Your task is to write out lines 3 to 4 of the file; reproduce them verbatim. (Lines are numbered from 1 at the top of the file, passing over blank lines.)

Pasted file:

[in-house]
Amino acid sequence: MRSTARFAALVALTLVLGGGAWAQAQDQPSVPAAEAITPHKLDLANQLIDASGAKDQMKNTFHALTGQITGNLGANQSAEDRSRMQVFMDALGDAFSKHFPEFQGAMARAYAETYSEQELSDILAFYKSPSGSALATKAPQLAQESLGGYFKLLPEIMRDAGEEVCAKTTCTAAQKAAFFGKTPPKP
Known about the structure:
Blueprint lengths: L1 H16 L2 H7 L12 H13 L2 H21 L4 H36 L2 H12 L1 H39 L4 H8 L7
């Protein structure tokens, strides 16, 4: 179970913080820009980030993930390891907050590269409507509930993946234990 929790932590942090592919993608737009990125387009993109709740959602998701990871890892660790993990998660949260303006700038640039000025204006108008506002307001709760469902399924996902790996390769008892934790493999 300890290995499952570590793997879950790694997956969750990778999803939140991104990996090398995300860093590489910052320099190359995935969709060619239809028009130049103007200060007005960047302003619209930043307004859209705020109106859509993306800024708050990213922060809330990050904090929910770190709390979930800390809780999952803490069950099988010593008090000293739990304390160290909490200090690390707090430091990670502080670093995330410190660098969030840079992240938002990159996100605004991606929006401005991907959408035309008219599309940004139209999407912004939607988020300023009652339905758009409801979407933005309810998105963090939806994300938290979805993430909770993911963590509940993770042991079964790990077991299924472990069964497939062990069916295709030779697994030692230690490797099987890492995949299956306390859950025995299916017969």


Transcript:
Known about the structure:
Blueprint lengths: L1 H16 L2 H7 L12 H13 L2 H21 L4 H36 L2 H12 L1 H39 L4 H8 L7